Get more out of your product recommendations — Part II: Position

This is the second part in our series on Product Recommendations. You may find the first part here. Part I: Set your aim.

It may seem obvious, but did you know that people spend 5x more time viewing the top 20% of a page compared to the bottom 20%? Or that only 22% of pages are ever scrolled all the way down to the bottom? — Keeping this in mind when positioning product recommendations is likely to impact the performance of the same.



Positioning recommendations high on the page will help your visitors to find it, but if you position them at the very bottom they may still get a decent amount of clicks because, well when you’re at the bottom of the page you either click somewhere or leave the page altogether.

It’s a good idea to formulate some kind of aim or goal with product recommendations in order to achieve the desired outcome. Is the main aim to:

  1. Guide the visitor to the product they are looking for?
  2. Make the visitor aware of products that could be of interest to them?
  3. Fill up space to make the page more crowded?

Most would probably say that the main aim is to drive an increase in revenue. But that also means that many merchants unconsciously use product recommendations only to fill up space on the page. Don’t do that.

Instead utilise product recommendations to help the visitor navigate your store in a convenient way. Either to find the correct variant of a specific product or product type, or to find new items they might be interested in.


SOME GUIDING PRINCIPLES ON PLACEMENTS:

Product page principles

On a product page of a product with multiple similar variants a recommendation block displaying similar products close to the product in question is beneficial. Simply show the visitor that you have a wide assortment of the product type.

If there are few similar variants a better approach is to display products frequently bought together or products that might be of interest. The rationale being that if the visitor don’t like the product they are looking at and you don’t have any similar product to show, the next best thing is either to present something else of interest, or to show products that goes well with the current product.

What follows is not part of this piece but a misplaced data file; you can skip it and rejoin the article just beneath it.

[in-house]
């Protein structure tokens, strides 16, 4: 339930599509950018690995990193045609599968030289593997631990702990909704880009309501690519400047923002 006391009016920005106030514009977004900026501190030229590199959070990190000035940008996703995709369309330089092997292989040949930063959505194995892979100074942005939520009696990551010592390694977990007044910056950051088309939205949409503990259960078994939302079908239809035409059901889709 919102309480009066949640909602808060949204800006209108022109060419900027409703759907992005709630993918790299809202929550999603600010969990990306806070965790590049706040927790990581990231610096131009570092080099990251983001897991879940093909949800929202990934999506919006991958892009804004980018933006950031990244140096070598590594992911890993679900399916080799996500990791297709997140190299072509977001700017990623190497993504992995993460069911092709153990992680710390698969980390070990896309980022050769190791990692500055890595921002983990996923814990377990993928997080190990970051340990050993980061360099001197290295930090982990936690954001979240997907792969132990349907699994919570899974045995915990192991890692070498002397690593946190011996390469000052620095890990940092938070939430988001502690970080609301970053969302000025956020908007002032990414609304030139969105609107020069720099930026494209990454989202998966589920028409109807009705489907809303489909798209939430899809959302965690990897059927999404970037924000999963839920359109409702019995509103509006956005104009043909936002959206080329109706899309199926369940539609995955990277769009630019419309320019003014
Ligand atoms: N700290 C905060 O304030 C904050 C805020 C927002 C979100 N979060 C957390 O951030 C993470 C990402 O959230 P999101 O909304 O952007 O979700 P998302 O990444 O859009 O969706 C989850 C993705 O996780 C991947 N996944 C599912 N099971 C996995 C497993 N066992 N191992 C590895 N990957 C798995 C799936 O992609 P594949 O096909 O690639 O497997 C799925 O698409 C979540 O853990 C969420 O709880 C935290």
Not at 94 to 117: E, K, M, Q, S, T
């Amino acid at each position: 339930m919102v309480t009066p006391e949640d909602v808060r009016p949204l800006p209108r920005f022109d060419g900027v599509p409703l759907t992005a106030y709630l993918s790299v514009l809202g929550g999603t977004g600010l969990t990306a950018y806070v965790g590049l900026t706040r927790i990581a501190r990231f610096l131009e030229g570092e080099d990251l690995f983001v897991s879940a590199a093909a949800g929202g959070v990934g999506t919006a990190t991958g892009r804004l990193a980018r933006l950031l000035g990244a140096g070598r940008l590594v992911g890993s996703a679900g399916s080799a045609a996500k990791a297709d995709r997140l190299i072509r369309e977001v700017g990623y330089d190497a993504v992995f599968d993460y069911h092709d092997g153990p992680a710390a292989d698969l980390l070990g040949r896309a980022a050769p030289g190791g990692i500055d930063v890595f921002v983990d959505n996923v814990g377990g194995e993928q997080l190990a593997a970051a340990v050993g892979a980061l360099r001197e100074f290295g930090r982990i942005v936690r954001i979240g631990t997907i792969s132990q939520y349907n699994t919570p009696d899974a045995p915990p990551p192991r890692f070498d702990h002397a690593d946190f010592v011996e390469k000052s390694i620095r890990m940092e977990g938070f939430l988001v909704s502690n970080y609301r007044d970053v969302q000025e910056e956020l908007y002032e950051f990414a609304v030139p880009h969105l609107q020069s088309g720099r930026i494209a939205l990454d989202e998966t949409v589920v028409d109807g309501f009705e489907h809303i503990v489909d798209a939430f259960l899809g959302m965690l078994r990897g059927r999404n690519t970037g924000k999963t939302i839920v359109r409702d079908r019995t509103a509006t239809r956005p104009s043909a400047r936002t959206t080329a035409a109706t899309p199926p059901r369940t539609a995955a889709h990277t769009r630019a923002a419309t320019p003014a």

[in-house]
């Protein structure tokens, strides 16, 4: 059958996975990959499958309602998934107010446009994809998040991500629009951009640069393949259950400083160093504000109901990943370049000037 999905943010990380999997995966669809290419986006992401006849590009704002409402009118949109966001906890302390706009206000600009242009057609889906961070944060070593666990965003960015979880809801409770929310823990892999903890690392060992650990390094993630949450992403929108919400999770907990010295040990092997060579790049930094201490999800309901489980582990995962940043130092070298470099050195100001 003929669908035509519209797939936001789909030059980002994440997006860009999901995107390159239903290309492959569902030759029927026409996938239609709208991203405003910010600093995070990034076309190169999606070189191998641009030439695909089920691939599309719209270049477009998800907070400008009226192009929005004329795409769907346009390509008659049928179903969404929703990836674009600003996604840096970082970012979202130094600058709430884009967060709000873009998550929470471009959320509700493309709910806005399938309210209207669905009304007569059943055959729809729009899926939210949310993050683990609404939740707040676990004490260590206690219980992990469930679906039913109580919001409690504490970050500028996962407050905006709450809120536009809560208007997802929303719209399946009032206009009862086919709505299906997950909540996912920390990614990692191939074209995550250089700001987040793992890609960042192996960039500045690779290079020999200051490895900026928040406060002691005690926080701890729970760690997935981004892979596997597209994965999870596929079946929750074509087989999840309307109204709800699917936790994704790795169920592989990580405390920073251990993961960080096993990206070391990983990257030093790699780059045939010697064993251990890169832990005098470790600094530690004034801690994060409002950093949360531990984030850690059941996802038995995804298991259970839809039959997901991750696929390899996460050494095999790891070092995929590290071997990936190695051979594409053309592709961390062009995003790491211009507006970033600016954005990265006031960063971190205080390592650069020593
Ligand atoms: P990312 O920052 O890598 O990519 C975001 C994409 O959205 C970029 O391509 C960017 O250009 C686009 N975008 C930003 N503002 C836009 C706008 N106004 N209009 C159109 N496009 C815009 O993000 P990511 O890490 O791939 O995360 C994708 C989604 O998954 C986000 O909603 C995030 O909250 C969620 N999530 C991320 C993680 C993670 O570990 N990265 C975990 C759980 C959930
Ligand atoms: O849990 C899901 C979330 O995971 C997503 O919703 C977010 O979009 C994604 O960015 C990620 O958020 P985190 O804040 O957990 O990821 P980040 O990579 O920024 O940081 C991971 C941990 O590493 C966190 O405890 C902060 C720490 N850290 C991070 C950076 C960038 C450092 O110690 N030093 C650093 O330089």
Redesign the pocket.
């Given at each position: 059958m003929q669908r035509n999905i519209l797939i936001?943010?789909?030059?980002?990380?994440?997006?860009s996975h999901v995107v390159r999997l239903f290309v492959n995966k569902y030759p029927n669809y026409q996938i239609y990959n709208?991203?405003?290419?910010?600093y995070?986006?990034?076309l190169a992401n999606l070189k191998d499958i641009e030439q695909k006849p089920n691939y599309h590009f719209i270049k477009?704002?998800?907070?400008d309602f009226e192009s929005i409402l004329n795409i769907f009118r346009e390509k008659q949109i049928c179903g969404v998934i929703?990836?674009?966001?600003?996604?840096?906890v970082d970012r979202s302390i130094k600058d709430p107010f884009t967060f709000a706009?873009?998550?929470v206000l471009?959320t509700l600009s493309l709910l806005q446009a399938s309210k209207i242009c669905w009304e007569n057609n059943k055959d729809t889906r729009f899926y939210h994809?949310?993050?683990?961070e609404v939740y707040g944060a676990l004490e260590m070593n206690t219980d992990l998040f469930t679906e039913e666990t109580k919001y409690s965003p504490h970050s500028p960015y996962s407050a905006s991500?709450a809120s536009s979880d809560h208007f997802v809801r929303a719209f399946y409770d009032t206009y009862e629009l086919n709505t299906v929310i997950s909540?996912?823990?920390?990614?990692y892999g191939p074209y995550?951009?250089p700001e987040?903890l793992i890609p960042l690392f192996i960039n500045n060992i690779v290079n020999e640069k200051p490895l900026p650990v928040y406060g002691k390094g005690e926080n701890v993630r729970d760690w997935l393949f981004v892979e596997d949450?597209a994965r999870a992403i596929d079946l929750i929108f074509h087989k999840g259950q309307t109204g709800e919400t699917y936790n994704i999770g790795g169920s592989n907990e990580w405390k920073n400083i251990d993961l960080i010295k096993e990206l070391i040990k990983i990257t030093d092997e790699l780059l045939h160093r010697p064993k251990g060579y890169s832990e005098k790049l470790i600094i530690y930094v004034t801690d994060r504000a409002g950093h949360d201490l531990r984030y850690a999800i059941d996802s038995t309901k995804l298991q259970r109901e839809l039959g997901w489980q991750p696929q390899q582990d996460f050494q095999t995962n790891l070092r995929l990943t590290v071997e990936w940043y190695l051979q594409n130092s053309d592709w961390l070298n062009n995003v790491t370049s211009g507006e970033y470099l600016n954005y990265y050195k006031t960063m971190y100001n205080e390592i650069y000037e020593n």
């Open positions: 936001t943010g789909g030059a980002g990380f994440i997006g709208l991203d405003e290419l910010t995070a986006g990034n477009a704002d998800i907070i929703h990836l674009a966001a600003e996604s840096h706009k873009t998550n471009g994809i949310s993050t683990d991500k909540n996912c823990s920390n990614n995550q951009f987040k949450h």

If you are using an AI powered recommendations engine you can combine the product being viewed with other information to derive the best recommendations to display on the product page. You may for example combine the product currently being viewed with the products already added to cart to figure out what products the visitor may be interest in.

Since these recommendations are derived to match an individual visitors behaviour, it makes sense to display those high on the page to make them easier to discover for the visitor.

Summarising the product page guiding principles a recommendation block should not be positioned at the bottom of the page since it is intended to help the customer navigate to the right product.

Start page principles

In general product recommendations do not perform very well on the start page. Mainly because there is no or very little information on the visitor when they first enter the store. There could however be cases with returning customers / visitors that provide information to act upon. An example would be to display previously viewed products when a visitor returns, or a set of products from a previously abandoned cart. If these kind of recommendations are used, it makes sense to display them high on the page since it is intended to help the visitor complete a purchase.

Cart and checkout page principles

Cart as well as checkout page positioned product recommendations are intended for cross-sell and up-sell as we don’t want to confuse the visitor with products too similar to the ones already added to cart. Frequently bought together type of recommendations are well suited for these pages but should be kept fairly discrete not to interfere with the checkout process. For best customer experience the recommendations may well be displayed below the cart or in a sidebar on the checkout pages. It can also be beneficial to reduce the number of products being presented here.

Post purchase recommendations principles

The post purchase recommendations are intended to quickly add a second purchase from the same customer. these usually includes a discount and a few select products to chose from. The downside of post purchase recommendations is that the customer has to go through checkout one more time. This could however be solved using invoicing or a one click checkout solution. The upside of recommending products post purchase the richness of data available to make a really good recommendation. You suddenly know who the customer is, where they are from, what they recently bought, what the browsed but didn’t buy, what was added or removed from cart and much more.


Wrapping up this part it is important to consider why you display product recommendations. When you know the answer to that it becomes easy to position them to serve your visitors in the best way. And if you’re struggling with poor quality product recommendations or you spend a lot of time to manually select recommended products, reach out to us.